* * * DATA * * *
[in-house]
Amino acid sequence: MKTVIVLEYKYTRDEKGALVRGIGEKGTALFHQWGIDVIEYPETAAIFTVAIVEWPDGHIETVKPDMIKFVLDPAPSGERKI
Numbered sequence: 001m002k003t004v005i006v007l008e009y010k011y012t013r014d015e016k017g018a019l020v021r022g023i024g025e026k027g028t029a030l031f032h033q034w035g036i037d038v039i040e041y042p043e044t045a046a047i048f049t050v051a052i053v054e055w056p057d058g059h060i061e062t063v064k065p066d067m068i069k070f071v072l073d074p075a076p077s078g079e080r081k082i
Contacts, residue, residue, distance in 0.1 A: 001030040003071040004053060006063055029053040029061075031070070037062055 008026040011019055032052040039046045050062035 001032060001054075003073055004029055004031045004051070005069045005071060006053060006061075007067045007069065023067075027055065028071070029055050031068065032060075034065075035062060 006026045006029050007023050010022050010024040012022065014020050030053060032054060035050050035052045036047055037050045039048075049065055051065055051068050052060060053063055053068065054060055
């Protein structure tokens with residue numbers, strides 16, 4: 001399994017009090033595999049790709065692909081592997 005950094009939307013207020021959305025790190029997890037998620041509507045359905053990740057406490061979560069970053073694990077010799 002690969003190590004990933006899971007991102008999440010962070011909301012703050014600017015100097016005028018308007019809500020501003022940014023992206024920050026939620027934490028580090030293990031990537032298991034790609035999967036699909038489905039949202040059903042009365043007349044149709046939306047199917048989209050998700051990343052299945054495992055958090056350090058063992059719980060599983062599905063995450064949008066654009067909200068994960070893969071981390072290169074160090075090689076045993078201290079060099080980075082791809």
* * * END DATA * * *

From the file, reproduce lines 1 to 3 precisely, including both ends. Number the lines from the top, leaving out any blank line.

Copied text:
[in-house]
Amino acid sequence: MKTVIVLEYKYTRDEKGALVRGIGEKGTALFHQWGIDVIEYPETAAIFTVAIVEWPDGHIETVKPDMIKFVLDPAPSGERKI
Numbered sequence: 001m002k003t004v005i006v007l008e009y010k011y012t013r014d015e016k017g018a019l020v021r022g023i024g025e026k027g028t029a030l031f032h033q034w035g036i037d038v039i040e041y042p043e044t045a046a047i048f049t050v051a052i053v054e055w056p057d058g059h060i061e062t063v064k065p066d067m068i069k070f071v072l073d074p075a076p077s078g079e080r081k082i